God’s Word for You
Numbers 12:4-9 The Lord’s anger burned
by Pastor Timothy Smith on Friday, August 13, 2021
4 Right then the LORD spoke suddenly to Moses, Aaron, and Miriam, “You three come out to the Tent of Meeting!” The three of them came out. 5 The LORD came down in a pillar of cloud and stood at the entrance to the tent. He called Aaron and Miriam, and they both came forward. 6 He said, “Now listen to my words: If there is a prophet among you, I, the LORD, will make myself known to him in a vision. In a dream I will speak with him. 7 Not so, however, with my servant Moses. He is faithful in my whole household. 8 With him I speak face-to-face, clearly, and not in riddles. He sees the form of the LORD. Why then were you not afraid to speak against my servant, against Moses?” 9 The LORD’s anger burned against them, and he left.
The Lord’s anger had burned against Pharaoh and the Egyptians, and Pharaoh’s army was still lying, all drowned, at the bottom of the Red Sea (Hebrews 11:29). The Lord’s anger had burned when the people asked for an idol while Moses was receiving the Ten Commandments. His anger had burned again when they complained about their food and asked for meat. But now Aaron and Miriam were alone, the two of them opposing Moses. On the one hand, he was their younger brother. But on the other hand, he was their prophet, their leader, and he should have had their support. If Moses were not the prophet God had chosen, what would Aaron be? What would Miriam be? They forgot that their status in Israel, whatever it was, was connected with the call of Moses to be the Lord’s mouthpiece to his people. As the Lord’s anger mounted and grew hotter and piled up higher and higher against those two, he called them out of the tent where he and Moses spoke together. Then he explained, with infinite patience, the difference between Moses and everyone else, including them.
“Moses is different,” the Lord said. Luther paraphrases the Lord’s words in his comments on Joseph’s dreams in Genesis 37: “Moses saw something greater and has other greater revelation besides these which you who are his disciples and who have visions and dreams have heard from him. I know what Moses and I are accustomed to confer and converse about together. Moses saw the sufferings of Christ” (LW 6:330).
We all know what a dream is. God spoke to many of his people in dreams, like the one Joseph Mary’s husband had while returning home from Egypt (Matthew 2:22). A vision is the way the Lord speaks when a man is not sleeping, such as what John saw on the island (Revelation 1:9-11). We must say that these things seem rare today, and if a man should receive a vision that does not pertain to the church but only to his own family or a private encouragement from the Lord, he doesn’t have a reason to share this with the church. Such things are too easily misunderstood out of context, and are not for everyone since we all have the Word of God in the holy Scriptures, the one thing needed (Luke 10:42).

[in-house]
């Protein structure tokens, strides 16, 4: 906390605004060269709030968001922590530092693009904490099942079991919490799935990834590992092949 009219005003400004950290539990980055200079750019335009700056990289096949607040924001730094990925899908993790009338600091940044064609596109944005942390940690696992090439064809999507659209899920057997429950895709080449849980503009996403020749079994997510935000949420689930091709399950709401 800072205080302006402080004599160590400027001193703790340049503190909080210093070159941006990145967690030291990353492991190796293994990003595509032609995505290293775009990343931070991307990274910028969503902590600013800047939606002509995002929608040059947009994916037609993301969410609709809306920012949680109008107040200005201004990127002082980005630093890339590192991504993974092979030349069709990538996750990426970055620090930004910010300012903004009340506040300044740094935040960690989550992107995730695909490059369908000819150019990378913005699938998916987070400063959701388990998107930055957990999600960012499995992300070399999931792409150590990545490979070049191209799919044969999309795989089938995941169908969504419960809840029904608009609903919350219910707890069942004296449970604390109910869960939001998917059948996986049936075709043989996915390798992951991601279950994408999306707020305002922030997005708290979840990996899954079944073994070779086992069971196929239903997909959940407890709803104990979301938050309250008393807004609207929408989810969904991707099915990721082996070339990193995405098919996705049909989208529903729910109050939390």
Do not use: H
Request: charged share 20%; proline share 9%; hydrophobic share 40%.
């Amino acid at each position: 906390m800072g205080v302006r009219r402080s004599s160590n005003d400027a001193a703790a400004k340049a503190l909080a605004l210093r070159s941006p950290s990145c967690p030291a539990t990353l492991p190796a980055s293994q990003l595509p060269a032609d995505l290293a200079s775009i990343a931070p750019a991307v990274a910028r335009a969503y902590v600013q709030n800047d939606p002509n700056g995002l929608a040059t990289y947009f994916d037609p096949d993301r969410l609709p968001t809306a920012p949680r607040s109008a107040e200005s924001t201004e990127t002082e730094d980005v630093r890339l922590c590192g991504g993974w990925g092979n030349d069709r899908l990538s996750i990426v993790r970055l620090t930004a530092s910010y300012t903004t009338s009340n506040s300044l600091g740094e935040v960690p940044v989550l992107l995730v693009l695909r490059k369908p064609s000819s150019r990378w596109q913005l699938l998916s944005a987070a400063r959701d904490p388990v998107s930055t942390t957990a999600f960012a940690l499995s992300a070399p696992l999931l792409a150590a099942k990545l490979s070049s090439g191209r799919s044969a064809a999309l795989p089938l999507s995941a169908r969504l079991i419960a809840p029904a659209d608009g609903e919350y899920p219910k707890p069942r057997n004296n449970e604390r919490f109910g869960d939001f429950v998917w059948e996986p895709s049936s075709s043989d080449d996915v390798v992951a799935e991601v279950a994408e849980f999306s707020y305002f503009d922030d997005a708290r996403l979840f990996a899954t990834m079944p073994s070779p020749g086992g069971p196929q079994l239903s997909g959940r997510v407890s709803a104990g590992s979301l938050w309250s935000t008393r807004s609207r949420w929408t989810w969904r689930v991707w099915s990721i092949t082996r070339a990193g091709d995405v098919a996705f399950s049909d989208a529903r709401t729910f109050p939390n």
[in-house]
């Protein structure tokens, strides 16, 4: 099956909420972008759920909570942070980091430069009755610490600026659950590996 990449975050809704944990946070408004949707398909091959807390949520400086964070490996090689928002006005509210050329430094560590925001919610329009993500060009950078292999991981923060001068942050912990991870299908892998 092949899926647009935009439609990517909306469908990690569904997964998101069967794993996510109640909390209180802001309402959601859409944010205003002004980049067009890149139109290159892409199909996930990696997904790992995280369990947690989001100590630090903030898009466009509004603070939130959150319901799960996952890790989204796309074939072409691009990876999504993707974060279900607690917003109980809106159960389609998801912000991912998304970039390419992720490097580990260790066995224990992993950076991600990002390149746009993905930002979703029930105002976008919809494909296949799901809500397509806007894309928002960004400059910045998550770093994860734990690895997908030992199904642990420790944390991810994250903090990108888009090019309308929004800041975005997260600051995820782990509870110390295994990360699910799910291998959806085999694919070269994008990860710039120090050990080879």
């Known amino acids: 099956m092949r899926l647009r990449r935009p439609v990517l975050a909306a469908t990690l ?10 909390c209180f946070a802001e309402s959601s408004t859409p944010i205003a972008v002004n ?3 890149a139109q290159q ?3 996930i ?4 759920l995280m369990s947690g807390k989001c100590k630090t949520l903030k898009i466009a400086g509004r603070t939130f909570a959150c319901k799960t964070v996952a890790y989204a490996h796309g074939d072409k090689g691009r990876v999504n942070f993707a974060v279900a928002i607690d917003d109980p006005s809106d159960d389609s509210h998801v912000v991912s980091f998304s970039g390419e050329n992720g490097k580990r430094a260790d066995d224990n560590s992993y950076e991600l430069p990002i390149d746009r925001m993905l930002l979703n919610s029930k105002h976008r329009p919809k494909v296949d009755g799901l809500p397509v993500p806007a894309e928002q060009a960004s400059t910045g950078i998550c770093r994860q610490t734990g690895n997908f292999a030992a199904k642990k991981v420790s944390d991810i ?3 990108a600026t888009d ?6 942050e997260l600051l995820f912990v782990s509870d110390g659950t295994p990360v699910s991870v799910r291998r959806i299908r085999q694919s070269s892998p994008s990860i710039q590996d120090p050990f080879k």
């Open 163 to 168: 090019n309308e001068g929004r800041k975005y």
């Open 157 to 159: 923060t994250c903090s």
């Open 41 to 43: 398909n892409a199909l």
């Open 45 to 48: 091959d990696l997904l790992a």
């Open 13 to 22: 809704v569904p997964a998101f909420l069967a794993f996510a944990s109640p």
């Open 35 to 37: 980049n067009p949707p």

The Lord also said about Moses that they spoke to one another “face to face,” or in Hebrew, peh el-peh, which is “mouth to mouth.” Moses was given the Lord’s plan, this very thought, in a far different and loftier way than any others. If we believers are seated at the Lord’s banquet table, then the prophets and ministers of the gospel are the waiters and servers who bring the dishes and delicacies out to us. But Moses was brought right into the kitchen while the Father was measuring and rolling and baking and preparing everything for mankind. The books of Moses are not just a portion of the Scriptures (as if such a thing could be said about any book of the Bible), but they began it all. The prophets and other writers built on Moses; no one else began it all again. “The rest of the prophets became his successors to testify with him to his words” (1 Clement 43:1). The Lord brought Moses to his side to look at the creation from his own memory so that Moses could indeed ask someone who saw it happen, even from the very beginning when God created the heavens and the earth (Genesis 1:1).
In verse 8, God says about Moses, “He sees the form of the LORD.” While most commentaries make valid points about Moses seeing God’s “form” and not his essence and so forth, I don’t see why this distinction would have made much of a difference to Aaron and Miriam who must by this time have feared for their very lives. I think Luther hits the nail squarely on the head when he says simply that Moses (fore)saw the sufferings of Christ. This was the plan, the recipe that God had, for the salvation of mankind from Adam’s fall and the otherwise irrevocable sentence of damnation to hell for eternity because of our sins.
Having said these things, the Lord’s anger burned again, and the cloud lifted. But this wasn’t over. How badly would his anger burn? How severe was the coming punishment to be? Perhaps God had given them a hint by using his name, the LORD, when he addressed them. This was God’s covenant name, the way he reminded people of his grace. What was coming would not be instantaneous death, but it would surely be memorable, and entirely unexpected. “What will he do to you? And what more besides?” (Psalm 120:3). Whatever we face, we must trust in God to rescue us, even when we need to be rescued from his wrath. “Have compassion on your servants!” (Psalm 90:13; Deuteronomy 32:36; 2 Maccabees 7:6).
Especially when we need to be rescued from his wrath.
Pastor Timothy Smith